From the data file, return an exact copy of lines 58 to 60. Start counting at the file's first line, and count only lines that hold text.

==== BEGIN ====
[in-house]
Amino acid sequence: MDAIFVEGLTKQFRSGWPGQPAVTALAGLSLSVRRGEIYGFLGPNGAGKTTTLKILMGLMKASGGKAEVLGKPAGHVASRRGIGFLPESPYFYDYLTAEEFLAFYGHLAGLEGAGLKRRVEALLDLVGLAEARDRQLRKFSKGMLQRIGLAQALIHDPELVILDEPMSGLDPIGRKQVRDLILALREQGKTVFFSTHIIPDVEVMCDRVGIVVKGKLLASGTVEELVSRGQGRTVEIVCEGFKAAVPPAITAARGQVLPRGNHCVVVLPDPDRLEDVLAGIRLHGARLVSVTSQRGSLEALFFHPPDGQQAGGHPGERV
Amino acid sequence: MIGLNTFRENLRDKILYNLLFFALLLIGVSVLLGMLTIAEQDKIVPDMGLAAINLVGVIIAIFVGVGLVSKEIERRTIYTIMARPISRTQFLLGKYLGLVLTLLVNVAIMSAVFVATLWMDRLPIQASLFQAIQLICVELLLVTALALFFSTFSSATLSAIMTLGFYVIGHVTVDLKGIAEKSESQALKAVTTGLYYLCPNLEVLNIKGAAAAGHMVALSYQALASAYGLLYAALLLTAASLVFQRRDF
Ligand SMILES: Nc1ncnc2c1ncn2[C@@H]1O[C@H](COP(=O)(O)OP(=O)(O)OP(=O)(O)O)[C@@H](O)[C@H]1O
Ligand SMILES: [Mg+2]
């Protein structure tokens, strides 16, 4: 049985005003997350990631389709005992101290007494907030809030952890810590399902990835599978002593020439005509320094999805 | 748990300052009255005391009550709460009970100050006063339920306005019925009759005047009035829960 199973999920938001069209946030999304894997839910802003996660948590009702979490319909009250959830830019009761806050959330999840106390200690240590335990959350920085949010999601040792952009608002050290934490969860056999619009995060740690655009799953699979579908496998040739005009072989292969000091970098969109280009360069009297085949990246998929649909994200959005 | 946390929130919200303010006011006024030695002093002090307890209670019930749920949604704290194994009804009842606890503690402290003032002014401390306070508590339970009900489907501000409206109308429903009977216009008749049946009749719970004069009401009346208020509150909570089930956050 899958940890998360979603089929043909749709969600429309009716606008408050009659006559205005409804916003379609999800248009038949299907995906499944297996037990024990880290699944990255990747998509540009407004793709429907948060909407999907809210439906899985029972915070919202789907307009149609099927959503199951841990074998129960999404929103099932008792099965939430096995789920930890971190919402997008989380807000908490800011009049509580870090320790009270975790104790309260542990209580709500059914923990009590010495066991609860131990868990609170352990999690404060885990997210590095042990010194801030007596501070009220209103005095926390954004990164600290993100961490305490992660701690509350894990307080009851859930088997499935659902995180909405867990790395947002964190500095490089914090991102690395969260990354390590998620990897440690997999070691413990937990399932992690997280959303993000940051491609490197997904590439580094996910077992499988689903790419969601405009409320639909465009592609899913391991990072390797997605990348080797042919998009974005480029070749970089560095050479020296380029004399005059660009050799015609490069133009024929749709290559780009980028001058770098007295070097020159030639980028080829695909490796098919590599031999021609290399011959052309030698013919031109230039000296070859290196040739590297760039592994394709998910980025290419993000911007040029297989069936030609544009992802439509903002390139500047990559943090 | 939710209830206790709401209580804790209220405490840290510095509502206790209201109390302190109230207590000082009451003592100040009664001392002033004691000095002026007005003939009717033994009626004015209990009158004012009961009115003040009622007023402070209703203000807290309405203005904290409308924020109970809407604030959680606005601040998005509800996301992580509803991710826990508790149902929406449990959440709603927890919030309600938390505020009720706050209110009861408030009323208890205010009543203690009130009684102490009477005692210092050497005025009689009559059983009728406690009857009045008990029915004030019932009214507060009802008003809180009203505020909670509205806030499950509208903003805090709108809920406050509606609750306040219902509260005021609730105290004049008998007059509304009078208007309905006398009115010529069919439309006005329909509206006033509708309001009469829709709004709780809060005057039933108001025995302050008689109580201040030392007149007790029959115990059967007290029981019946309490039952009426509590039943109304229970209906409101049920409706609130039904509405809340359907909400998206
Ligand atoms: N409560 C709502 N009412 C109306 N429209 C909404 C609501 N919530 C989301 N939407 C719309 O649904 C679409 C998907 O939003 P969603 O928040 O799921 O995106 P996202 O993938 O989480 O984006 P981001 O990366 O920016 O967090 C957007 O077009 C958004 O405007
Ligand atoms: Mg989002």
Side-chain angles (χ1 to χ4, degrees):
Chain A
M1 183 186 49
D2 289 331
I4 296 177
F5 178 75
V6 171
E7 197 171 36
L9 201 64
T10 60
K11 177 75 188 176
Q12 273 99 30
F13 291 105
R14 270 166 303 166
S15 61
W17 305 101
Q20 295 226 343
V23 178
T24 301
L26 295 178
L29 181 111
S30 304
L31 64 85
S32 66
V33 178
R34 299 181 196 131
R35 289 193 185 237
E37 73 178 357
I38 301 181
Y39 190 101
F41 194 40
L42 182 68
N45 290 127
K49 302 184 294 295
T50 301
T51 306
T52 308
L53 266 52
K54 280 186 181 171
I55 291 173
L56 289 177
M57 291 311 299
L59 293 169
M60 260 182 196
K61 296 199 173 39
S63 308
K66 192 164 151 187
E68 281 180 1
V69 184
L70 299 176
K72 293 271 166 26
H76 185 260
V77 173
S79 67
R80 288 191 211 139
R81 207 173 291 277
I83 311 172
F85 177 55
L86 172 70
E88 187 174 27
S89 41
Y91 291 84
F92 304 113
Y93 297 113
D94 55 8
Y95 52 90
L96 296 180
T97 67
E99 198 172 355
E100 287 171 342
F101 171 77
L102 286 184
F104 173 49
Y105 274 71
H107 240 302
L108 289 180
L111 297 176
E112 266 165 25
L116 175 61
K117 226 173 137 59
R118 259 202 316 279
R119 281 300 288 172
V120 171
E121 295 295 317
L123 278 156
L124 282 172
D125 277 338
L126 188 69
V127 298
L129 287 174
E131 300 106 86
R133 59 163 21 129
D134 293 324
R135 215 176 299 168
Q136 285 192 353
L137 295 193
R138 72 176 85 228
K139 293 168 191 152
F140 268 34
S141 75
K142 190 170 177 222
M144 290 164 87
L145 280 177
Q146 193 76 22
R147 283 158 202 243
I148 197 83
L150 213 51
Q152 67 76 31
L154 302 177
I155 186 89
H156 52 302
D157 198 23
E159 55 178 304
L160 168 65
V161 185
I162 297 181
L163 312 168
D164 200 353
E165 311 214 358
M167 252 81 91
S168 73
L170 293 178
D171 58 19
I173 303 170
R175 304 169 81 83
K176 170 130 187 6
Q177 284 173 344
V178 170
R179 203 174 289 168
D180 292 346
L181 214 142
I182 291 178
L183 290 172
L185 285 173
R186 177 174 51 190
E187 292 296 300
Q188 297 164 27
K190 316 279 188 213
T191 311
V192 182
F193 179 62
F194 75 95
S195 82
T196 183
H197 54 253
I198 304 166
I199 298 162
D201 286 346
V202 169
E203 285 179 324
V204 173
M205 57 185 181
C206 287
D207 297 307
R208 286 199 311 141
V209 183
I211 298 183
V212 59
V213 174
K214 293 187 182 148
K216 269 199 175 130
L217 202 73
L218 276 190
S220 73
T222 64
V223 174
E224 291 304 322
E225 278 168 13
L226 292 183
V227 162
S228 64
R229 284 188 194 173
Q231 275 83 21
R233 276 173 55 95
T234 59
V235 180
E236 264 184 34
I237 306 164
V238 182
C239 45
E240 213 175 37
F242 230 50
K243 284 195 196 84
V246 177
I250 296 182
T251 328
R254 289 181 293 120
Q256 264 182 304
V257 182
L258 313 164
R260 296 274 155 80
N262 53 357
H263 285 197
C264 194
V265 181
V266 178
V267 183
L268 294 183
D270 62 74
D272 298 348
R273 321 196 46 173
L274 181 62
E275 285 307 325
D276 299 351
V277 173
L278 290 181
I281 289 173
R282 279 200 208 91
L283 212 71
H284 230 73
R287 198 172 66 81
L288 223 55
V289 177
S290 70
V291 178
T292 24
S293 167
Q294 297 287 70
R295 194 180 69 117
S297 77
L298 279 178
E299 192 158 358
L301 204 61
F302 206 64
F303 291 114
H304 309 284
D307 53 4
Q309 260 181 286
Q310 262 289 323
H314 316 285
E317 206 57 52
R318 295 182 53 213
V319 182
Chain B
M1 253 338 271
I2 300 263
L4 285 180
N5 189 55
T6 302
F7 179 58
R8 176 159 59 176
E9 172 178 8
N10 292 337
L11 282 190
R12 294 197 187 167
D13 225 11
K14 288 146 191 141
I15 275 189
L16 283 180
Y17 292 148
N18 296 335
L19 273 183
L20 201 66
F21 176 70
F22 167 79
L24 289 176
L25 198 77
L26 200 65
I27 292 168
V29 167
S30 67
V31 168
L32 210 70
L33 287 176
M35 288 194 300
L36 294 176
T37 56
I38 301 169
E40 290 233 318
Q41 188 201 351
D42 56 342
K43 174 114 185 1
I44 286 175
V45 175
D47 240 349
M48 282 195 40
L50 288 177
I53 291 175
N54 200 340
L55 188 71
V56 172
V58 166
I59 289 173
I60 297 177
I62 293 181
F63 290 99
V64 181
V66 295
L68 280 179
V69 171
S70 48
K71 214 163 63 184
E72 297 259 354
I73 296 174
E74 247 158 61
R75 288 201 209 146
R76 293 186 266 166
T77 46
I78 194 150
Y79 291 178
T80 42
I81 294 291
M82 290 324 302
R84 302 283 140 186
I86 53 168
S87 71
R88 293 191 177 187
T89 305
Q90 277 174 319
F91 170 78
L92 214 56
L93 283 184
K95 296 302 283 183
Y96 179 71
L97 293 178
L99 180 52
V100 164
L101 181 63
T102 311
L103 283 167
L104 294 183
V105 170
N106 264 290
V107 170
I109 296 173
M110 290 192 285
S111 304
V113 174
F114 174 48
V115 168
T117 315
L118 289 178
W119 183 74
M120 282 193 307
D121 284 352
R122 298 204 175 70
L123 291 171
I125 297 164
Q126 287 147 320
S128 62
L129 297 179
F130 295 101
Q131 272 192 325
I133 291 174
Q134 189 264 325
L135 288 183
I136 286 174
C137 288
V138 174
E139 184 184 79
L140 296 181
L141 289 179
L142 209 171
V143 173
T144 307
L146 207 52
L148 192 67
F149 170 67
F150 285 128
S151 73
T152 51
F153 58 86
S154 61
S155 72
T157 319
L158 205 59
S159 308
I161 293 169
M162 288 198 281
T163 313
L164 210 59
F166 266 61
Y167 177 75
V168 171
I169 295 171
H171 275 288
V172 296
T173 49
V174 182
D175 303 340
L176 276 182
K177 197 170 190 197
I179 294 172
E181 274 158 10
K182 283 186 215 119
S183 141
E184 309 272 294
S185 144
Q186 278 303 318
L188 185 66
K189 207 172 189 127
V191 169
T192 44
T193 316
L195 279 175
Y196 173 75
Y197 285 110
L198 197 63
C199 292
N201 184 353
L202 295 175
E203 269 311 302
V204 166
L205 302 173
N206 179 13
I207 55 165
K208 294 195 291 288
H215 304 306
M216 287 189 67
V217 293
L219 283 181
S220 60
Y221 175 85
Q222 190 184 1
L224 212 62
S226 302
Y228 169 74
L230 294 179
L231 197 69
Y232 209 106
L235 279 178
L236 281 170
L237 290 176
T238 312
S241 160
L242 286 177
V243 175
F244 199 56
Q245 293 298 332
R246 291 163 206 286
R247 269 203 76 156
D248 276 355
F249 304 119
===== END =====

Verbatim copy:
L70 299 176
K72 293 271 166 26
H76 185 260